8. Communication with public and media: Outline protocols for communication with the public and media during and after an active shooter event, designating spokespersons and ensuring accurate and timely information dissemination.

9. Victim assistance and triage: Include guidelines for assisting and triaging victims during active shooter events, ensuring swift medical attention and support.

10. After-action reviews and continuous improvement: Mandate after-action reviews for all active shooter incidents and training exercises, using these reviews to continually improve response strategies and tactics.

11. Mental health and resilience support: Include policies for providing mental health and resilience support to officers and responders involved in active shooter incidents.

12. School and community collaboration: Develop policies for collaborating with schools and community organizations in active shooter preparedness, including joint drills and information sharing.

13. Regular policy review and updates: Establish a regular schedule for reviewing and updating active shooter policies, incorporating lessons learned from incidents and evolving best practices.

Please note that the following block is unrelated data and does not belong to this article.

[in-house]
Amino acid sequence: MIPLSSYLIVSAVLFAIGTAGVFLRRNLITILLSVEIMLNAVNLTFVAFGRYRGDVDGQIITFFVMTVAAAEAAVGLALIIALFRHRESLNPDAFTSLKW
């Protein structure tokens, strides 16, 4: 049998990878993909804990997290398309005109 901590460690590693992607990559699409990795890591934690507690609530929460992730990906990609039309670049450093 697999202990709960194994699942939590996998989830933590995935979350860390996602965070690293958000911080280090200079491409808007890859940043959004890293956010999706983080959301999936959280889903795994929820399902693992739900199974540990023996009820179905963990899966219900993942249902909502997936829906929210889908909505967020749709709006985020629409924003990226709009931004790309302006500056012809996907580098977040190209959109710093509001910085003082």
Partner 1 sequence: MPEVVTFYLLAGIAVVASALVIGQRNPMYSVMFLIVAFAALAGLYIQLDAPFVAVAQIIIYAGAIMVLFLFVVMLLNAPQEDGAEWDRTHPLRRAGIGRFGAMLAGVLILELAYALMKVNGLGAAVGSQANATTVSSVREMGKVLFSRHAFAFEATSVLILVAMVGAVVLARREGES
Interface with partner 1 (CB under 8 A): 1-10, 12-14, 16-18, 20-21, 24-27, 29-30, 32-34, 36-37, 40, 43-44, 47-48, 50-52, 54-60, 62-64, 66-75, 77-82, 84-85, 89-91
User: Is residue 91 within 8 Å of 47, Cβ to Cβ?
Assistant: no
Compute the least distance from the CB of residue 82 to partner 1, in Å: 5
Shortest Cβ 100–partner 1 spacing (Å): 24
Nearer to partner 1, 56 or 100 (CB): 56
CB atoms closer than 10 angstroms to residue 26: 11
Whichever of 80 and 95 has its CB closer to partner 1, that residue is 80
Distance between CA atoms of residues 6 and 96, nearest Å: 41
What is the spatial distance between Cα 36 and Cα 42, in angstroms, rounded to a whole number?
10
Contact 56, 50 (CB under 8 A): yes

14. Accountability measures: Implement measures to ensure compliance with active shooter response policies, including regular audits and performance evaluations.

By comprehensively reviewing and updating these policy areas, police leaders can enhance their department’s preparedness, effectiveness and response to active shooter situations.

Continue the discussion

Here are some key questions to ask after reading the Uvalde report:

1. Incident Command structure: How can incident command structures be effectively established in active shooter situations?

2. Active shooter vs. barricaded suspect: What training is required to differentiate between an active shooter and a barricaded suspect scenario?

3. Leadership and decision-making: How can leadership roles be clearly defined and executed in crisis situations?

4. Inter-agency coordination: What steps can be taken to ensure better coordination among various agencies during a crisis?